Luy's digital files now with Senate panel

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Wednesday, May 28, 2014


THE National Bureau of Investigation (NBI) submitted to the Senate Blue Ribbon committee on Wednesday the compressed files of principal pork barrel scam whistleblower Benhur Luy.

In an interview, Senate Blue Ribbon chairman Teofisto Guingona III said Luy's files, which is 31,700 pages long, will be reproduced and distributed first to the members of the panel.

"We will evaluate, consolidate and analyze the document. After that, we will have to consult members of the Blue Ribbon, then we will furnish the public via the media copies of the disk," Guingona told reporters.

At the same time, Guingona confirmed they will verify the "red book" that was mentioned by Luy's former legal counsel, Levito Baligod, if it is real and if it really does exist.

Baligod reportedly claimed that the files detail the daily financial transactions of alleged pork barrel scam mastermind Janet Napoles, including the names of lawmakers and officials she gave kickbacks to.

The "red book," according to a report, will be an additional information that will help the Senate body in its investigation.

Ronald Aguto, chief of the NBI cybercrime division, said they conducted a forensic examination and was able to detect that some of the files had been deleted.

"Software NK ang ginamit namin pang examine ng mga laman. Dito namin na retrieve yung mga deleted names and files. We have this word opener to examine the hard drive and we were able to retrieve the names of those that have been deleted," Aguto said.

NBI Director Virgilio Mendez said everything is sealed to make sure that the possibility of tampering will never happen.

Both Mendez and Aguto assured that Luy’s hard drive was not modified.
The NBI said Luy submitted the files last year as part of the bureau’s probe into the scam.

The committee is investigating the scheme that involves siphoning off pork barrel funds to Napoles’ bogus non-governmental organizations. Senators Ramon “Bong” Revilla Jr., Jinggoy Estrada, Juan Ponce Enrile, and Napoles face plunder charges over the scam.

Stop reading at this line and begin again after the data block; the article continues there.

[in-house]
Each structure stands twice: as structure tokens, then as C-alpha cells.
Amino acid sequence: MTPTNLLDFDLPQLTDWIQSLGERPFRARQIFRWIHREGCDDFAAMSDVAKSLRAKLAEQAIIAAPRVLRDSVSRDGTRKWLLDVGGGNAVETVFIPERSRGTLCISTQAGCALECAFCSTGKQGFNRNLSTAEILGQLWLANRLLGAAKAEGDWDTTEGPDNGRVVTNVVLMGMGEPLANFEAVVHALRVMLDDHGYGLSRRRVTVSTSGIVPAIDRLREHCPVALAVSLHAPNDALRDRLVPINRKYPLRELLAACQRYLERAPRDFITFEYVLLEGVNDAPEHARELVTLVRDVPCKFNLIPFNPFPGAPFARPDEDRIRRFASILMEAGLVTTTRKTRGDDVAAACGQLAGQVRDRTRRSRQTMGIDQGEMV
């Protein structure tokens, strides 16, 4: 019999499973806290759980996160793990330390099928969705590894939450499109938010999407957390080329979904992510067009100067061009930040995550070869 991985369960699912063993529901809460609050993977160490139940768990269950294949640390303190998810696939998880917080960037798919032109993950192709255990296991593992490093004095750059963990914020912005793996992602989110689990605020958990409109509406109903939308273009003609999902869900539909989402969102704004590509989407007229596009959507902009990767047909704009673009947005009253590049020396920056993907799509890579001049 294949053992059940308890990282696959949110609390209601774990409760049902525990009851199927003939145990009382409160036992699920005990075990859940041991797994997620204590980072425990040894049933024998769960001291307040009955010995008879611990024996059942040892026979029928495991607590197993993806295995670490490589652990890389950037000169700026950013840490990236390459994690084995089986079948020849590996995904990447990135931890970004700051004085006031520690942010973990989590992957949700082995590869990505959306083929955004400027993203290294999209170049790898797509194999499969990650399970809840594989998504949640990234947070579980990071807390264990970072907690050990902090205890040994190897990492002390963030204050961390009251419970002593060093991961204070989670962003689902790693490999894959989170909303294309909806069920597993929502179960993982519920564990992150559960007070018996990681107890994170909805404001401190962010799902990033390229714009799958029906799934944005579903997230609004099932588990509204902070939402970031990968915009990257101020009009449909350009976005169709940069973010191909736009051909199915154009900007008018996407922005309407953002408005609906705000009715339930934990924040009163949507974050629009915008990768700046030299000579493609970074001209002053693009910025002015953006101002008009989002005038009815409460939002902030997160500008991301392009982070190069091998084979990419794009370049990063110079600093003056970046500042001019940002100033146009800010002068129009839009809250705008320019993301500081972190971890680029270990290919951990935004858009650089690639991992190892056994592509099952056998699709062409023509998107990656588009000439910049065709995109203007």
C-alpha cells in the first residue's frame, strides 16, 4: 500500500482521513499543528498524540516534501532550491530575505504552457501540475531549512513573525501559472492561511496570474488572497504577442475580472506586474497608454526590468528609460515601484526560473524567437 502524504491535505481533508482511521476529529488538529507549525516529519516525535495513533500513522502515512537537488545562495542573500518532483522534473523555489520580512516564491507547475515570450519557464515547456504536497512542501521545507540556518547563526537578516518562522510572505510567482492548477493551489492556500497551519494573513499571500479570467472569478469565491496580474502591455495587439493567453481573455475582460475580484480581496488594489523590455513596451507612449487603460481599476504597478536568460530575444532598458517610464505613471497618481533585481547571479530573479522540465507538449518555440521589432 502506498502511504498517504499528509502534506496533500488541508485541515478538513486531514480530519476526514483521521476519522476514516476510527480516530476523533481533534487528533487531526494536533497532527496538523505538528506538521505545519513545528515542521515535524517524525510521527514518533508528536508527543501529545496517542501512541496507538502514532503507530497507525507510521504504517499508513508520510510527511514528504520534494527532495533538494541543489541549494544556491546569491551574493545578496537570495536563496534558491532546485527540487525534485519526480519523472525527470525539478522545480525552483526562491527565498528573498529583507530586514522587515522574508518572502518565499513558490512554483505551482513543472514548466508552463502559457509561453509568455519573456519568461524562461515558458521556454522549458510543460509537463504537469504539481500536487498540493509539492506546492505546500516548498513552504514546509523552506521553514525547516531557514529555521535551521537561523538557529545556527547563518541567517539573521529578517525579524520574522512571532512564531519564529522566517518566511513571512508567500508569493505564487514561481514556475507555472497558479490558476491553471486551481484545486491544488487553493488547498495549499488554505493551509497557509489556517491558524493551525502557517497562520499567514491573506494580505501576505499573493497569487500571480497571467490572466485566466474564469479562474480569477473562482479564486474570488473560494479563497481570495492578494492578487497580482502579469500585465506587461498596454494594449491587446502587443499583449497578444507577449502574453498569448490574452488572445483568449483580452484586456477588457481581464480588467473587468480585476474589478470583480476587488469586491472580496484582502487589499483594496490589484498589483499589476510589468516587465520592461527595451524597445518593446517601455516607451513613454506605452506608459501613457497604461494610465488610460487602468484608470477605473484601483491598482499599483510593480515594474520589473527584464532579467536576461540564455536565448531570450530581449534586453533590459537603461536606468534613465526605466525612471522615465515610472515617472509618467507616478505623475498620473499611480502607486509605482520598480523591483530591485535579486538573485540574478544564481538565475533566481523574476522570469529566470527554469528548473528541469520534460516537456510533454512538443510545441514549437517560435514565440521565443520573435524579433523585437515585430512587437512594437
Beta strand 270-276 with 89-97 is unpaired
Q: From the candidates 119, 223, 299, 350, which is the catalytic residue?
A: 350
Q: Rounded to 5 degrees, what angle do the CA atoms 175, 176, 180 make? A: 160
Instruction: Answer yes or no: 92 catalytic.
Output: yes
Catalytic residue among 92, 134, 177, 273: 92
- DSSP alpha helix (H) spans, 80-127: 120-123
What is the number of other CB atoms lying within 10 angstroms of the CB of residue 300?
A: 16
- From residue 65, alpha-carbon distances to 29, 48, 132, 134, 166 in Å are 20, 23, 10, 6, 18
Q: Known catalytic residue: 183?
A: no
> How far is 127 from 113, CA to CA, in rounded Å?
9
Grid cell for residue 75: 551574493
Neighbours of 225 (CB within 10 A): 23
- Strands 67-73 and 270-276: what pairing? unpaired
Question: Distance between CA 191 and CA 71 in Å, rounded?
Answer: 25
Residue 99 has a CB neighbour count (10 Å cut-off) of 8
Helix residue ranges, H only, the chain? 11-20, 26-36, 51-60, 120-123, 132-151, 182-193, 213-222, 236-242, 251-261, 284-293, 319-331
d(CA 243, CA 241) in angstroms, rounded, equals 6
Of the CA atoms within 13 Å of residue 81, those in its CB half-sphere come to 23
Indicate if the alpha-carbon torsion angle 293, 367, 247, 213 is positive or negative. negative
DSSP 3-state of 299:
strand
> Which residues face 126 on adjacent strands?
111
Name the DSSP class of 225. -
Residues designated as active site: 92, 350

Napoles mentioned in her list several names of senators, past and present, and other lawmakers and government officials who had transactions with her.

Senators Ferdinand Marcos Jr. and Aquilino Pimentel III acknowledged some of the facts provided by Napoles in her two sets of affidavits now in possession of the Senate blue ribbon committee, even as they maintained that they never had any actual dealings with her concerning the misuse of their Priority Development Assistance Fund (PDAF) allocations.

Marcos admitted to having Catherine May Santos as a consultant in committees where he served as chairman since January 2011 until last year and was fired by him after she failed to deliver the required annual report.

"It would seem (that she has had transactions). I was not aware that this was what she does," he said.

As a consultant, Marcos said Santos offered her services in providing projects, mostly from the Department of Agriculture (DA), some of which involved his PDAF.

“That was ostensibly her role. We are still looking at the documents that she was involved in and that’s why there are problems,” he said, referring to Santos’ failure to submit a year-end report to Marcos, despite several verbal and written requests, prompting him to terminate her consultancy services on March 21, 2013.

Santos was identified by Napoles to have allegedly acted as agent of three other lawmakers – Senator Loren Legarda and Representatives Benjamin Agarao and Marcelino Libanan.

Legarda dismissed Napoles’ allegations, stressing that she has been judiciously allocating her PDAF to accredited government agencies and local government units as prescribed by law and never endorsed any non-government organization for her projects.

Pimentel and Senator Cynthia Villar are now mulling slapping Napoles with perjury among other charges for including them in her affidavits.

Pimentel, in another interview, vowed to make Napoles “pay the price” for implicating him and his father, former Senate President Aquilino “Nene” Pimentel Jr., in her alleged scheme while insisting on both the Department of Justice (DoJ) and the Office of the Ombudsman not to even consider her as a state witness or even spare from prosecution Napoles’ children -- James Christopher and Jo Christine.

“As far as I’m concerned, her entries are lies. I have personal knowledge of her lies, so maybe they should take this into account because one of the requirements for being a state witness is thou shall not lie,” he said.

Pimentel noted that Napoles only mentioned him and his father briefly in her affidavits and did not provide any supporting documents, attachments or annexes while also indicating that she has no personal knowledge about them.

“I hope I can subject Napoles in a cross examination if she will appear here in the Senate before the Blue Ribbon committee,” he said. (Camille P. Balagtas/Sunnex)

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